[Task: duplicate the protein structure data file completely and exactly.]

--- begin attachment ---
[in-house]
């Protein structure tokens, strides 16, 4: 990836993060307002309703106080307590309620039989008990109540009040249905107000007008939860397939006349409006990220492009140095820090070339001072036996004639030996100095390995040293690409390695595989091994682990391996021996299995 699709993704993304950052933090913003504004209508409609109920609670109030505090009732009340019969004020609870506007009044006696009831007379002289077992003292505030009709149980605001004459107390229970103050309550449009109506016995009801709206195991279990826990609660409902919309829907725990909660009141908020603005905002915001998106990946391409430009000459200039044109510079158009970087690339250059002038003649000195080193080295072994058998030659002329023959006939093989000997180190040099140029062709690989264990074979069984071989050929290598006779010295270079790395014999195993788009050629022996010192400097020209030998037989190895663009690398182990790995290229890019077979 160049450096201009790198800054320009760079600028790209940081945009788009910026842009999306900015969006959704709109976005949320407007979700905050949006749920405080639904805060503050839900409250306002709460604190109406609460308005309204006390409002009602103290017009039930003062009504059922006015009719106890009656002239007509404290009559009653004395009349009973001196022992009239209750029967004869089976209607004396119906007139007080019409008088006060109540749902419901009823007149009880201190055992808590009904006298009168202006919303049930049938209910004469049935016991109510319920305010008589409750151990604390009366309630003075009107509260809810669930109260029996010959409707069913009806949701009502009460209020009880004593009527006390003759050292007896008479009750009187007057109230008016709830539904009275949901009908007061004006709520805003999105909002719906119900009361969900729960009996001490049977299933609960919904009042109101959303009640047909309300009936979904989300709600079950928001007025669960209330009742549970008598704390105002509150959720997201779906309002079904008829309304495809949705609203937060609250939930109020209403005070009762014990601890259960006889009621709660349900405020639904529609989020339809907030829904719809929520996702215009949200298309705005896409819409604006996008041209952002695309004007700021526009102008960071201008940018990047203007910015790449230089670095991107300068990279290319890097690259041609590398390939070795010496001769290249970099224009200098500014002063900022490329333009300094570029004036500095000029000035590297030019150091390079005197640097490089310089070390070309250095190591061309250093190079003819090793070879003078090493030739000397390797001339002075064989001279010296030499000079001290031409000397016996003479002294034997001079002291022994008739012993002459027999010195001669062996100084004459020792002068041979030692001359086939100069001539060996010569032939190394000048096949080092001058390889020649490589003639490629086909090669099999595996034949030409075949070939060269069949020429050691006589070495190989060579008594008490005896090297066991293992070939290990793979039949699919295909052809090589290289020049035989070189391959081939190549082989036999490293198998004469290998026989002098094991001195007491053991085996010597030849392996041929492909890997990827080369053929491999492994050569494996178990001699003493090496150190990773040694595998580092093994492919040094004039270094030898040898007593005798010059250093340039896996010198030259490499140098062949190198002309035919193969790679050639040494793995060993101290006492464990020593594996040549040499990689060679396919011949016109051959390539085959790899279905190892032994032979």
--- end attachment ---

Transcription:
[in-house]
């Protein structure tokens, strides 16, 4: 990836993060307002309703106080307590309620039989008990109540009040249905107000007008939860397939006349409006990220492009140095820090070339001072036996004639030996100095390995040293690409390695595989091994682990391996021996299995 699709993704993304950052933090913003504004209508409609109920609670109030505090009732009340019969004020609870506007009044006696009831007379002289077992003292505030009709149980605001004459107390229970103050309550449009109506016995009801709206195991279990826990609660409902919309829907725990909660009141908020603005905002915001998106990946391409430009000459200039044109510079158009970087690339250059002038003649000195080193080295072994058998030659002329023959006939093989000997180190040099140029062709690989264990074979069984071989050929290598006779010295270079790395014999195993788009050629022996010192400097020209030998037989190895663009690398182990790995290229890019077979 160049450096201009790198800054320009760079600028790209940081945009788009910026842009999306900015969006959704709109976005949320407007979700905050949006749920405080639904805060503050839900409250306002709460604190109406609460308005309204006390409002009602103290017009039930003062009504059922006015009719106890009656002239007509404290009559009653004395009349009973001196022992009239209750029967004869089976209607004396119906007139007080019409008088006060109540749902419901009823007149009880201190055992808590009904006298009168202006919303049930049938209910004469049935016991109510319920305010008589409750151990604390009366309630003075009107509260809810669930109260029996010959409707069913009806949701009502009460209020009880004593009527006390003759050292007896008479009750009187007057109230008016709830539904009275949901009908007061004006709520805003999105909002719906119900009361969900729960009996001490049977299933609960919904009042109101959303009640047909309300009936979904989300709600079950928001007025669960209330009742549970008598704390105002509150959720997201779906309002079904008829309304495809949705609203937060609250939930109020209403005070009762014990601890259960006889009621709660349900405020639904529609989020339809907030829904719809929520996702215009949200298309705005896409819409604006996008041209952002695309004007700021526009102008960071201008940018990047203007910015790449230089670095991107300068990279290319890097690259041609590398390939070795010496001769290249970099224009200098500014002063900022490329333009300094570029004036500095000029000035590297030019150091390079005197640097490089310089070390070309250095190591061309250093190079003819090793070879003078090493030739000397390797001339002075064989001279010296030499000079001290031409000397016996003479002294034997001079002291022994008739012993002459027999010195001669062996100084004459020792002068041979030692001359086939100069001539060996010569032939190394000048096949080092001058390889020649490589003639490629086909090669099999595996034949030409075949070939060269069949020429050691006589070495190989060579008594008490005896090297066991293992070939290990793979039949699919295909052809090589290289020049035989070189391959081939190549082989036999490293198998004469290998026989002098094991001195007491053991085996010597030849392996041929492909890997990827080369053929491999492994050569494996178990001699003493090496150190990773040694595998580092093994492919040094004039270094030898040898007593005798010059250093340039896996010198030259490499140098062949190198002309035919193969790679050639040494793995060993101290006492464990020593594996040549040499990689060679396919011949016109051959390539085959790899279905190892032994032979």